HDT: What should drivers do if they suspect an ELD has been hacked?

Jonson: If a vehicle driver suspects that their ELD device or vehicle has been hacked due to erratic vehicle performance or activity, they should immediately contact their fleet maintenance professionals for further guidance. Safety should always be the first priority.

Jonson: First and foremost, evaluate the cybersecurity posture of the ELD devices in your fleet.

Not all devices are created equal. Make sure you ask your provider for information about their cybersecurity practices.

For additional information on criteria to use to evaluate a TSP/ELD provider, you can consult Cybersecurity Best Practices for Integration/Retrofit of Telematics and Aftermarket Electronic Systems into Heavy Vehicles by the Federal Motor Carrier Safety Administration and Cybersecurity Requirements for Telematics Systems by National Motor Freight Traffic Association.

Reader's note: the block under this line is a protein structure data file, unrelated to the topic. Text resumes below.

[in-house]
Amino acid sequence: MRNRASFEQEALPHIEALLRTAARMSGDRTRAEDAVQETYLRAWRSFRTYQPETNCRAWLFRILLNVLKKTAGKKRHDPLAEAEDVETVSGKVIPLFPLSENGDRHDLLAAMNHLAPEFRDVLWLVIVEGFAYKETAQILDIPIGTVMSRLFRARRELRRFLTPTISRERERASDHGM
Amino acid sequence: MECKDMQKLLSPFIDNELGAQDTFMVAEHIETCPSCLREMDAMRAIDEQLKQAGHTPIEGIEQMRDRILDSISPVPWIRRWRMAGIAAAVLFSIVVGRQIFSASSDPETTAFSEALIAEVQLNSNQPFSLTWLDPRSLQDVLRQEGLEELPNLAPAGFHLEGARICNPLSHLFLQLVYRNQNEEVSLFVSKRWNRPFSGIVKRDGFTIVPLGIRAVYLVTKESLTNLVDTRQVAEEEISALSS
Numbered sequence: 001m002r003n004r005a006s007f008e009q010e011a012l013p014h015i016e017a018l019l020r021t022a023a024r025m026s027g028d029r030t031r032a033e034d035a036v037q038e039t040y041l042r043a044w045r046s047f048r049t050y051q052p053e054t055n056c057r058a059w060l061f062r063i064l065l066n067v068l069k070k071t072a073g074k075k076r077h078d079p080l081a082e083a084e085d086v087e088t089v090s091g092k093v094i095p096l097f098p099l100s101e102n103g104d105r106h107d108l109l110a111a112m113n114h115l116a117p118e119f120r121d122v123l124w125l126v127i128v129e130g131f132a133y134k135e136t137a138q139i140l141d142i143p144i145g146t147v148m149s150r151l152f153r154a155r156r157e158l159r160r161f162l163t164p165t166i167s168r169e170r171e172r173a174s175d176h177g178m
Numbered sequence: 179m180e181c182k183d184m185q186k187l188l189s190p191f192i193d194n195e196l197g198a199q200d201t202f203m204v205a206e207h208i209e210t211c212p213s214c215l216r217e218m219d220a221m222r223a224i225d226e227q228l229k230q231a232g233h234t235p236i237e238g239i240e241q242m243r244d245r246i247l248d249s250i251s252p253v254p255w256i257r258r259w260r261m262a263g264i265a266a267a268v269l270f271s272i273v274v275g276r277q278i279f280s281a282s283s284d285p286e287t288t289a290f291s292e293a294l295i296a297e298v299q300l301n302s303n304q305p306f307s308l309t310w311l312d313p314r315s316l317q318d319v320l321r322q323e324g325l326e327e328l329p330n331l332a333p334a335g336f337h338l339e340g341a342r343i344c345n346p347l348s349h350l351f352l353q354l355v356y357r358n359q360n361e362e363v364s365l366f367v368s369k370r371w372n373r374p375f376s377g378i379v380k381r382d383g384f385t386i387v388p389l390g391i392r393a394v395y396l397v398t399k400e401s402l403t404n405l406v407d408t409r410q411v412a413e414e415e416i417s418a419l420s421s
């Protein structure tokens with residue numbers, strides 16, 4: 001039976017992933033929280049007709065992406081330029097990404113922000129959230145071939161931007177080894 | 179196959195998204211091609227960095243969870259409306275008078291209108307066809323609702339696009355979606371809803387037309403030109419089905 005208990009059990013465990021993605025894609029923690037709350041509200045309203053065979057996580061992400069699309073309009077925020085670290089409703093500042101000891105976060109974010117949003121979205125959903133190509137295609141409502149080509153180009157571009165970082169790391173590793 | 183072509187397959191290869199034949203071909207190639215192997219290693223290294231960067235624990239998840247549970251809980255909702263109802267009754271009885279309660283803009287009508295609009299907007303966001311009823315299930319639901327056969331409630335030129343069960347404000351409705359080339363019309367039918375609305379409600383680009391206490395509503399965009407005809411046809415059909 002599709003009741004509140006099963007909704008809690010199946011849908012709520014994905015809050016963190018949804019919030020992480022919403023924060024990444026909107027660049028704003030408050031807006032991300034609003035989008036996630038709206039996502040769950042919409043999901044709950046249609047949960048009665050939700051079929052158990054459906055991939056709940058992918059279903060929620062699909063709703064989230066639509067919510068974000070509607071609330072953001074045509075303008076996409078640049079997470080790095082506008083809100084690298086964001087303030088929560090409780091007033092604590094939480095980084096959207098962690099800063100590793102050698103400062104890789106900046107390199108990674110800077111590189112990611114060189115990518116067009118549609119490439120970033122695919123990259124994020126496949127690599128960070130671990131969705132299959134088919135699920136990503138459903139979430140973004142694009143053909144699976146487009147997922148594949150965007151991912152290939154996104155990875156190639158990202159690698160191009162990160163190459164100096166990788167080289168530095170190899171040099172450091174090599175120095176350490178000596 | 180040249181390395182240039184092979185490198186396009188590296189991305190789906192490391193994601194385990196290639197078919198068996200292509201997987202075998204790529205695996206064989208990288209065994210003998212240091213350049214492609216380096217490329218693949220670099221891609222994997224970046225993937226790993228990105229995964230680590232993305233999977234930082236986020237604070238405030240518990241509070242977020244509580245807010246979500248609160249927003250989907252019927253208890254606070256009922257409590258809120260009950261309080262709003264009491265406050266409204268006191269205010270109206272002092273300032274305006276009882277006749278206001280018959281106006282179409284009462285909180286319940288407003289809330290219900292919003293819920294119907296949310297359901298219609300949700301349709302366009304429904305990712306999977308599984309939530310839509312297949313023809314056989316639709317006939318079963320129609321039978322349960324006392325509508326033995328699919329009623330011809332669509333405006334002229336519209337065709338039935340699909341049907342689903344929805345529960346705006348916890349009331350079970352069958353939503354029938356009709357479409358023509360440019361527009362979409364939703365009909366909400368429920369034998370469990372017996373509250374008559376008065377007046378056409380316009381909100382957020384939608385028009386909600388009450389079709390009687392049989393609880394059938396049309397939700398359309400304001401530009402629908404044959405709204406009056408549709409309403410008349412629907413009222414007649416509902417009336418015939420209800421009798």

All technologies and systems have the potential to fail, either due to outside influence, such as hackers, or on their own. I know of instances where fleets have lost access to their TSP/ELD systems due to cloud computing outages that were the result of provider misconfigurations. It was nothing malicious per se, but it still caused a major failure.

The best way to combat ransomware and ELD hackers is to make your business systems and vehicles as resilient as possible. Analyze your business and vehicles, identify critical systems that need to be protected, do your best to protect them, and develop contingency plans for what to do if those systems fail. I know of a motor freight carrier that got hit with backend ransomware but could continue operations due to a good backup plan.